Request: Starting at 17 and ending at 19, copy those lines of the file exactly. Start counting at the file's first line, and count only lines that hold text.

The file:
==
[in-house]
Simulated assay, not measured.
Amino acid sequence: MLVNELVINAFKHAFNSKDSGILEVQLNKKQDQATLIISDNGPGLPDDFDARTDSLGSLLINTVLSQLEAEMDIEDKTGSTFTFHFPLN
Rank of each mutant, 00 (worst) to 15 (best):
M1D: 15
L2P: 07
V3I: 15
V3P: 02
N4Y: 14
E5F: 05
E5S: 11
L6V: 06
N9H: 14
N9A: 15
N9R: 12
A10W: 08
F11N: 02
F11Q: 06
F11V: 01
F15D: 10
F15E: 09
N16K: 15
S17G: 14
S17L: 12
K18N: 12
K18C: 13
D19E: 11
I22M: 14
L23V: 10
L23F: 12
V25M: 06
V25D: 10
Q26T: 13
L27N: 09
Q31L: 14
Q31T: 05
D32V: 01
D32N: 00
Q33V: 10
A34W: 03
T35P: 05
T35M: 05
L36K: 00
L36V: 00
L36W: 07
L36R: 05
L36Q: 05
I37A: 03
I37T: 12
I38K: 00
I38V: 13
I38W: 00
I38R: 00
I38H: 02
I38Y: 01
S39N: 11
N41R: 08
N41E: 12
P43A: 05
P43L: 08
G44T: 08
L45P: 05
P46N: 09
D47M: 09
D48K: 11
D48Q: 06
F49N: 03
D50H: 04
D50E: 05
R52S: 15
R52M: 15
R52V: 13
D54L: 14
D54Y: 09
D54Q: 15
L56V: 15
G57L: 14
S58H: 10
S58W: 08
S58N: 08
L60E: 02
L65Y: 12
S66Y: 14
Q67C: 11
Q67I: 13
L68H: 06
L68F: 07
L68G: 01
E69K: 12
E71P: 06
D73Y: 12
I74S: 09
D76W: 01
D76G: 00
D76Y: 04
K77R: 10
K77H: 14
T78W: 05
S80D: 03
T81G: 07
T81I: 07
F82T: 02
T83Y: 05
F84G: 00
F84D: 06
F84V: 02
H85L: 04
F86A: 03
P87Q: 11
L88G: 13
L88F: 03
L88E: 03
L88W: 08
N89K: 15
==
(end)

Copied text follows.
F11N: 02
F11Q: 06
F11V: 01